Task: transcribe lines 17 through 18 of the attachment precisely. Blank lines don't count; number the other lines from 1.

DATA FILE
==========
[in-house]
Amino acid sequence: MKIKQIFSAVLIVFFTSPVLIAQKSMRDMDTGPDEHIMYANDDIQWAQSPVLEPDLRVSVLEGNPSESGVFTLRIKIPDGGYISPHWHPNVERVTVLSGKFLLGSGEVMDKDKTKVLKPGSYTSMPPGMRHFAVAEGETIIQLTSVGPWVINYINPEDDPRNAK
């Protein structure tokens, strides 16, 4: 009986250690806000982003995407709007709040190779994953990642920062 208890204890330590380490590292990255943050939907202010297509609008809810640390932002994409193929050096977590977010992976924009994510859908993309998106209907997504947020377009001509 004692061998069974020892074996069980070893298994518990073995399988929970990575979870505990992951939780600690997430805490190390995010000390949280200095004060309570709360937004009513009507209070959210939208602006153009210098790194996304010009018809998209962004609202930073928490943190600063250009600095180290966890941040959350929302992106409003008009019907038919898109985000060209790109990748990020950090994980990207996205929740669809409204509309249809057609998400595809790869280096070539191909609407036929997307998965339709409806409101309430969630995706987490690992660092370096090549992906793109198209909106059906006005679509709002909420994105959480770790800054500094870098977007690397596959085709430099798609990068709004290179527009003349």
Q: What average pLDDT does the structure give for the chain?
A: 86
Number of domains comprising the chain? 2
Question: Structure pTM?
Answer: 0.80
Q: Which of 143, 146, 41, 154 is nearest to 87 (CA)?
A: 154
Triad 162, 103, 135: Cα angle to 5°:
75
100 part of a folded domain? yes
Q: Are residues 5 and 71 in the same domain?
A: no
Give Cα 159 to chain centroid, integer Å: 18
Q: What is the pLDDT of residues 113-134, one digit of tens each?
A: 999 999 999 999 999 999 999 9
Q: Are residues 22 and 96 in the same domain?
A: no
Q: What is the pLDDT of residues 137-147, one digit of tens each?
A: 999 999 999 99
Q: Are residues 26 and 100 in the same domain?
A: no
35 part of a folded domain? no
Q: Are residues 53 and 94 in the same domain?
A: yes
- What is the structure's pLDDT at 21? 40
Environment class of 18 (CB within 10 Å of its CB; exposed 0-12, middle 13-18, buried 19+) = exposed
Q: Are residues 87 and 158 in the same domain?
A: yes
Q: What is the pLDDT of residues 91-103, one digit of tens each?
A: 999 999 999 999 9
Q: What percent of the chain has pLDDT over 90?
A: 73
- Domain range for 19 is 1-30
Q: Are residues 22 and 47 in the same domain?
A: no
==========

Q: What is the pLDDT of residues 113-134, one digit of tens each?
A: 999 999 999 999 999 999 999 9